Remember the Days of Remembrance

At the ground level of the U.S. Capitol in Washington, D.C., is a brass marker that delineates the physical center of the District of Columbia. From this point emanates the quadrants that
divide our capital city into the familiar NW, NE, SE and SW.

Arguably, this is also the figurative center of our nation. According to legend, George Washington himself chose this as the site for the seat of our great experiment in democracy. Directly above this is the Capitol rotunda, the magnificent sanctuary of freedom in which presidents and dignitaries have been honored with the privilege of lying in state.

In fact, one of my earliest recollections of anything civic is of our fallen President John F. Kennedy lying in repose, as millions of grieving Americans — black, white, Christian and Jewish — filed past his flag-draped coffin.

So here I was in spring 2003, on a stage in the middle of this building, overlooking a standing-room-only audience, with C-SPAN cameras and other outlets filming the event. Directly in front of me were Elie Wiesel and Colin Powell. To my right was Danny Ayalon, the Israeli ambassador to the United States.

In those heady days after we thought we had vanquished our enemies in Iraq and erroneously assumed that the mission had been “accomplished,” Secretary of State Powell was arguably the second most powerful man in the world. At that point, my question to myself, as I sat there for an hour and a half waiting for my turn to speak, was, “What the hell am I doing here?”

The occasion was the national observance of Yom HaShoah during the period that is officially known in America as Days of Remembrance, the period designated under an act of Congress to commemorate the Holocaust in the United States, as part of the same legislation that established the United States Holocaust Memorial Museum.

The answer to my question as to how I came to be on this platform, 58 feet below the frieze depicting the founding of our nation — from the landing of Columbus through the tribulations of Pocahontas, the reading of the Declaration of Independence, the discovery of gold in California and the birth of aviation in the United States– lies in the creation of this museum, now the second most visited in Washington. In 2002, I had been appointed by President Bush to serve on the museum’s council, its governing board.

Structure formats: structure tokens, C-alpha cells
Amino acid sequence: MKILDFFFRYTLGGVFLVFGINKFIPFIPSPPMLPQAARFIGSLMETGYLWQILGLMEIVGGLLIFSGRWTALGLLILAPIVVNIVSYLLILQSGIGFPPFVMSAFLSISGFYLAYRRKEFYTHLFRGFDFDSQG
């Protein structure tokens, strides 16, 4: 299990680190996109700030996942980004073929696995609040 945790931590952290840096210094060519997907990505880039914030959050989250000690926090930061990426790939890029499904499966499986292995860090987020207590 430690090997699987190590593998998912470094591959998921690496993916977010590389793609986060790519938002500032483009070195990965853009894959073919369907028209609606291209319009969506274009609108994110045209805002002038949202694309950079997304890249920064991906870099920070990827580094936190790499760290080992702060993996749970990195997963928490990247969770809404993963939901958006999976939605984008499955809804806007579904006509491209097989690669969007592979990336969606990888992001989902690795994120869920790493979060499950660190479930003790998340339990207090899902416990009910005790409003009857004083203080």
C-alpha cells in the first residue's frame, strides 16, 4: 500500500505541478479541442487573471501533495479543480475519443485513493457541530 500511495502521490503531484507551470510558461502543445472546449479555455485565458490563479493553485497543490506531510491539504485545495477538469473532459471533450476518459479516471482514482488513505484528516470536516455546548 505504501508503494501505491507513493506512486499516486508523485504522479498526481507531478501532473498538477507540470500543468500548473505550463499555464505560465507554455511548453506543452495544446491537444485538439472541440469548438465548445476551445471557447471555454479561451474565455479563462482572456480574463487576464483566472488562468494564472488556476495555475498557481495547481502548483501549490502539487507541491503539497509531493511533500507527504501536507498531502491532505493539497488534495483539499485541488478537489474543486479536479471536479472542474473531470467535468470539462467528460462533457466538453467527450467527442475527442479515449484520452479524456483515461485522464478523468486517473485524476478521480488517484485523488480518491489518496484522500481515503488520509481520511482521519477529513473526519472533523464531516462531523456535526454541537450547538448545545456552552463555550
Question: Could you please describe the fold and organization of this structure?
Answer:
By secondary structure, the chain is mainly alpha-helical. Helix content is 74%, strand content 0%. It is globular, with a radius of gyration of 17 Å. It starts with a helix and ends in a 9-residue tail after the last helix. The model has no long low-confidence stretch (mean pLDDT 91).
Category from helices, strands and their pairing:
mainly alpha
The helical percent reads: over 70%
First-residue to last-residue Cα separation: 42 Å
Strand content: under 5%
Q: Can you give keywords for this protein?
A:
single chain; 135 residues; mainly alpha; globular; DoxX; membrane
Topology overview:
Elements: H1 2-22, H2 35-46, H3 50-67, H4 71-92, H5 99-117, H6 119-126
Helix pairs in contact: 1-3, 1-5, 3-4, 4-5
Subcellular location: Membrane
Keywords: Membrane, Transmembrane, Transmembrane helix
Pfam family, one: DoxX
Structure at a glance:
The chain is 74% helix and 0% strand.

Five weeks before this event, I was asked if I could read Hebrew, and if so, if I would like to recite Kaddish at the close of the ceremony. Given that the ashes of my grandparents and two of my uncles (ages 5 and 7 at the time of their murders) are scattered among the dust at Auschwitz, I could think of no higher privilege. So here I was.
As I waited my turn to speak, staring at the back of Powell’s head for an hour and a half, I scanned the crowd and saw many survivors. Included among them was my mother, along with my wife and four young children. Every time my eyes would come in contact with those of my mother’s, I would see her eyes welling up with tears, causing mine to weep, as well.

Such were the emotions of this day. The one question that haunted me during that time — and will forever — was whether my grandparents, as they were facing a certain death, separated from four of their children, ever imagined that any of them would survive, let alone prosper. Indeed, what could they have been thinking during those bleak moments? I will never know. What I know for certain is they could never have imagined this.

The day progressed with the lighting of six candles by survivors, each accompanied by a member of Congress. Then there were speeches by Wiesel and Powell, followed by a stirring rendition of “El Moleh Rachamin,” the prayer for the dead.

Finally, I rose to recite the Kaddish, which I felt I was doing for millions of people who had no one to recite it for them. To do this in this place, in the center of our Capitol, where presidents lie in state, in a spot picked by Washington himself, was among the most powerful experiences of my life, and one which I shall never forget.

At the time of my mother’s liberation at Bergen-Belsen, then ravaged by epidemic typhus, she weighed less than 40 kilograms and undoubtedly was near death. Now, 52 years later, she sat in the third row of the rotunda, surrounded by statues of Lincoln and Jefferson and magnificent portraits of our founding fathers, as well as four grandchildren, and watched me recite Kaddish for her parents and brothers.

The reason I tell this story is not to talk about me. Rather, it is to reflect on the greatness of this nation that has opened its arms to the Jewish people and to so many others. There is no other country in the world where this could happen. None. On Thursday, April 19, Yom HaShoah will again be marked by a ceremony in the Capitol rotunda. The day before, President Bush will pay a personal visit to our nation’s Holocaust Memorial Museum. So in addition to lighting a yahrtzeit candle Saturday night, please remember to say a prayer and thank God for the privilege of living in this great land.

May the souls of those who perished in the Shoah rest in peace and may God bless America.

Joel Geiderman is currently the vice chairman of the United States Holocaust Memorial Council.